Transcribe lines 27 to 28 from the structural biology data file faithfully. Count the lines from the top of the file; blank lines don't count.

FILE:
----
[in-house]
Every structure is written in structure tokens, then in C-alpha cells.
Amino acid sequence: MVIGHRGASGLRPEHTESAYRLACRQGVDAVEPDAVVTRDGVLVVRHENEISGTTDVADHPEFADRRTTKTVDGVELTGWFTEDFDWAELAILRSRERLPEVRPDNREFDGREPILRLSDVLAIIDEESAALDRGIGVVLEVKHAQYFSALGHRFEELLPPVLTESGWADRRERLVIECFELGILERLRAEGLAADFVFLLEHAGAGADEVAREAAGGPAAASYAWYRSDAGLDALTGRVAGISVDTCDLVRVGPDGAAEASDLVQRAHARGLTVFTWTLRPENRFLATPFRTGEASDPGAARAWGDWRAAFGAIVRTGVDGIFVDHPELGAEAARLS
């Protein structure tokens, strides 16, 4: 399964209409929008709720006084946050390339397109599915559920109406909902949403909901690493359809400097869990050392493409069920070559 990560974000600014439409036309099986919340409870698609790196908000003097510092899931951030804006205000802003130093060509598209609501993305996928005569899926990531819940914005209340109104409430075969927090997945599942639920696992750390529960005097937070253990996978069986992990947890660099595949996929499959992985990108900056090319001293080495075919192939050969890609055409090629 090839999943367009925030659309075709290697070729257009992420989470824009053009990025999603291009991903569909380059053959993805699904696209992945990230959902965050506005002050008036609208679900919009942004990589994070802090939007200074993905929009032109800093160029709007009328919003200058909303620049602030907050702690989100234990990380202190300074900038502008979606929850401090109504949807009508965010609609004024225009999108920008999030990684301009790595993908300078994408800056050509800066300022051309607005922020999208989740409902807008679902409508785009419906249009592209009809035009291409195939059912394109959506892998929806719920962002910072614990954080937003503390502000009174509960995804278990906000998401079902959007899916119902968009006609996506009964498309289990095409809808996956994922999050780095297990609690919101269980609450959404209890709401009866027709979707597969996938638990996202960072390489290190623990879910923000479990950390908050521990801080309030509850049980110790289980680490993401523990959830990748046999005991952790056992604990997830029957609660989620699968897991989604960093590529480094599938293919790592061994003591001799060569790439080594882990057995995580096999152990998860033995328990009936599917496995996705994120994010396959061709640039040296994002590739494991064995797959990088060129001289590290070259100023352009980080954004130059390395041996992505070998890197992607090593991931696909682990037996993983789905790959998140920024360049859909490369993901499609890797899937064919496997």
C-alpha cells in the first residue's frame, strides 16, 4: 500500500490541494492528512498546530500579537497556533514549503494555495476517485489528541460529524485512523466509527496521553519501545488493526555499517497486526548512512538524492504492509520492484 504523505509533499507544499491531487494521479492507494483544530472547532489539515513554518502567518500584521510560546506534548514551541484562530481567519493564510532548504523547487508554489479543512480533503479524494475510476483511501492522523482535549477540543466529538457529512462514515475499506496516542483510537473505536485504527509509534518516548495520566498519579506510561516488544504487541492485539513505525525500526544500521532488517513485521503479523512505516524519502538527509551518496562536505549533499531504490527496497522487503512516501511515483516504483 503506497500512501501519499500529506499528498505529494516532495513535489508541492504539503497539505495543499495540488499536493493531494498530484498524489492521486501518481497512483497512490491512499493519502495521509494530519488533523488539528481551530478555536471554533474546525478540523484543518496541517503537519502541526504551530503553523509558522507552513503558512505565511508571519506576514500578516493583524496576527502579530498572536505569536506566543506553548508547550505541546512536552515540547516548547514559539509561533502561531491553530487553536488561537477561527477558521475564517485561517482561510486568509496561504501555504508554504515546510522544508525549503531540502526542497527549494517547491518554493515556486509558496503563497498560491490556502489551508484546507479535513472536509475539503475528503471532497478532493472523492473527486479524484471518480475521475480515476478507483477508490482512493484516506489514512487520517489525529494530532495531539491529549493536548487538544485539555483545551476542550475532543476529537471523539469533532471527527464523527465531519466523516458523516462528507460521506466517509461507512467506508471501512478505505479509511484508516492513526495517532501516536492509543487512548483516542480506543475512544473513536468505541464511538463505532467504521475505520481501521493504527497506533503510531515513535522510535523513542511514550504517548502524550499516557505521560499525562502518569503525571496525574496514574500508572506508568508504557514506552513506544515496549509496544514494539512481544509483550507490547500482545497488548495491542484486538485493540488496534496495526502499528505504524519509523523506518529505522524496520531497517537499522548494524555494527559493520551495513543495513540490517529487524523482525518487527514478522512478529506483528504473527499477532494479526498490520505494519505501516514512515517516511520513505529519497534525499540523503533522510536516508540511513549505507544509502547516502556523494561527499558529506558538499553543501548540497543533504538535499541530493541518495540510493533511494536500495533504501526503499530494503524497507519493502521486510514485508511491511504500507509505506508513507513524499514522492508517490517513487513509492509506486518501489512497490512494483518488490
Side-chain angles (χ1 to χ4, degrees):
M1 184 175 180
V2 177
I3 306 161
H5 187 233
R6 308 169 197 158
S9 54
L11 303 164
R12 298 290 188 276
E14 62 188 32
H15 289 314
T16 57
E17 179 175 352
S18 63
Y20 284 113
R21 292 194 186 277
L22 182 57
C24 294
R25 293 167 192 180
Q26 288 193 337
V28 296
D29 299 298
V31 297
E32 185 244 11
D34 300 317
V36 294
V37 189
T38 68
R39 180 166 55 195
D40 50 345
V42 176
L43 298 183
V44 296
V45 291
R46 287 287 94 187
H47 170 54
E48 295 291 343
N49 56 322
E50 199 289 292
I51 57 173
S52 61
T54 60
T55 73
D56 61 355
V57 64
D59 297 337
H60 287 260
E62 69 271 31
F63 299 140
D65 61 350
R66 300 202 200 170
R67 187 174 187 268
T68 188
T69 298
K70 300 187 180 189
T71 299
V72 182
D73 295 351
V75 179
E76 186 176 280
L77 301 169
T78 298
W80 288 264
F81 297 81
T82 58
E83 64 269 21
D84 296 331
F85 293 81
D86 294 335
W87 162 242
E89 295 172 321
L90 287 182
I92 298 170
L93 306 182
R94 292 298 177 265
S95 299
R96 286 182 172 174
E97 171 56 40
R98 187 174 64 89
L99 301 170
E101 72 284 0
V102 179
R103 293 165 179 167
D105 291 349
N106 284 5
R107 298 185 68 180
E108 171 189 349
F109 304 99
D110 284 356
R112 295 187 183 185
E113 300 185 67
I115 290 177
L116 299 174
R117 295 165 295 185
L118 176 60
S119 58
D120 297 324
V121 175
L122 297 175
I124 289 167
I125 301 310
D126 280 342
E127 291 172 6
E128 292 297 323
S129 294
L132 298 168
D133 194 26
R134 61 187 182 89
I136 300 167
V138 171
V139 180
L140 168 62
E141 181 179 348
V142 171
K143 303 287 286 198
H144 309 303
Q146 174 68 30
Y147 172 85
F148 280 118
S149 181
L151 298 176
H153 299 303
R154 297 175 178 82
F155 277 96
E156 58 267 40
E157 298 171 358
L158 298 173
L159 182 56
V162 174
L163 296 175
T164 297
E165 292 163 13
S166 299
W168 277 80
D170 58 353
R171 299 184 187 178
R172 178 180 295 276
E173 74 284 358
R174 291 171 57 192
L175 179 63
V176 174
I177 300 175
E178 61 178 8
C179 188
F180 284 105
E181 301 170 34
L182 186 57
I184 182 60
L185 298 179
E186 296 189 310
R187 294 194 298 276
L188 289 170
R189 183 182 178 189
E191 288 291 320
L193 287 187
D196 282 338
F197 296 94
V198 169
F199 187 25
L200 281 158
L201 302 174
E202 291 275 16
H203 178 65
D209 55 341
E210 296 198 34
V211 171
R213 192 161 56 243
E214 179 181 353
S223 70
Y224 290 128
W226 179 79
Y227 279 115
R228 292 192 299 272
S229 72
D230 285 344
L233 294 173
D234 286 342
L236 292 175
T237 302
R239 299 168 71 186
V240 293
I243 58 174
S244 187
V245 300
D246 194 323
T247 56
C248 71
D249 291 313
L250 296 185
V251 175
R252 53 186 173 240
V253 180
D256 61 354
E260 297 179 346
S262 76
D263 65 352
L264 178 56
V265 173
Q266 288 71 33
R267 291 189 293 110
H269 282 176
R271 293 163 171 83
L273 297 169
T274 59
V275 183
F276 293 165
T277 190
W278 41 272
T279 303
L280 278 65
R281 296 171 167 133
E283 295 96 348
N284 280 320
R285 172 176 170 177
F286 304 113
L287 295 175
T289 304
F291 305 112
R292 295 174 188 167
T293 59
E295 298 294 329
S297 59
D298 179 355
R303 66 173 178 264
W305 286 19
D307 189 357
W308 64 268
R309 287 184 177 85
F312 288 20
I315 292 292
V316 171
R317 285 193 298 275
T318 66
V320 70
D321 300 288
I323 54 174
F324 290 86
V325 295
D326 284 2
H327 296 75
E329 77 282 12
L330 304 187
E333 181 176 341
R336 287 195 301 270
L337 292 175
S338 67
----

D29 299 298
V31 297